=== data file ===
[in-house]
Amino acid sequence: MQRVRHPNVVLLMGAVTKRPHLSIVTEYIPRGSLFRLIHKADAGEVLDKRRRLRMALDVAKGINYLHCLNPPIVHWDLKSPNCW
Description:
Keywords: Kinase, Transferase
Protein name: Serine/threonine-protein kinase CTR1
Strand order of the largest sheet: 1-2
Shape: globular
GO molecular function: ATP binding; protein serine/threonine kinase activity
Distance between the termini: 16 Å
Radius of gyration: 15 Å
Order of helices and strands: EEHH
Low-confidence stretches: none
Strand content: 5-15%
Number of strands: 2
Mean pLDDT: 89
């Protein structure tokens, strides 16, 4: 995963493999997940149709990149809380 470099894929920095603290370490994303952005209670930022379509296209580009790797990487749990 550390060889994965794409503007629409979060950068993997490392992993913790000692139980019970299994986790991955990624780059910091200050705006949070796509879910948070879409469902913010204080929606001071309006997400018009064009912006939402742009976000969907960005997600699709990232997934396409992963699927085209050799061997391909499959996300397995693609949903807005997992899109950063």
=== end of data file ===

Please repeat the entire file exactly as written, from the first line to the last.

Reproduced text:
[in-house]
Amino acid sequence: MQRVRHPNVVLLMGAVTKRPHLSIVTEYIPRGSLFRLIHKADAGEVLDKRRRLRMALDVAKGINYLHCLNPPIVHWDLKSPNCW
Description:
Keywords: Kinase, Transferase
Protein name: Serine/threonine-protein kinase CTR1
Strand order of the largest sheet: 1-2
Shape: globular
GO molecular function: ATP binding; protein serine/threonine kinase activity
Distance between the termini: 16 Å
Radius of gyration: 15 Å
Order of helices and strands: EEHH
Low-confidence stretches: none
Strand content: 5-15%
Number of strands: 2
Mean pLDDT: 89
């Protein structure tokens, strides 16, 4: 995963493999997940149709990149809380 470099894929920095603290370490994303952005209670930022379509296209580009790797990487749990 550390060889994965794409503007629409979060950068993997490392992993913790000692139980019970299994986790991955990624780059910091200050705006949070796509879910948070879409469902913010204080929606001071309006997400018009064009912006939402742009976000969907960005997600699709990232997934396409992963699927085209050799061997391909499959996300397995693609949903807005997992899109950063």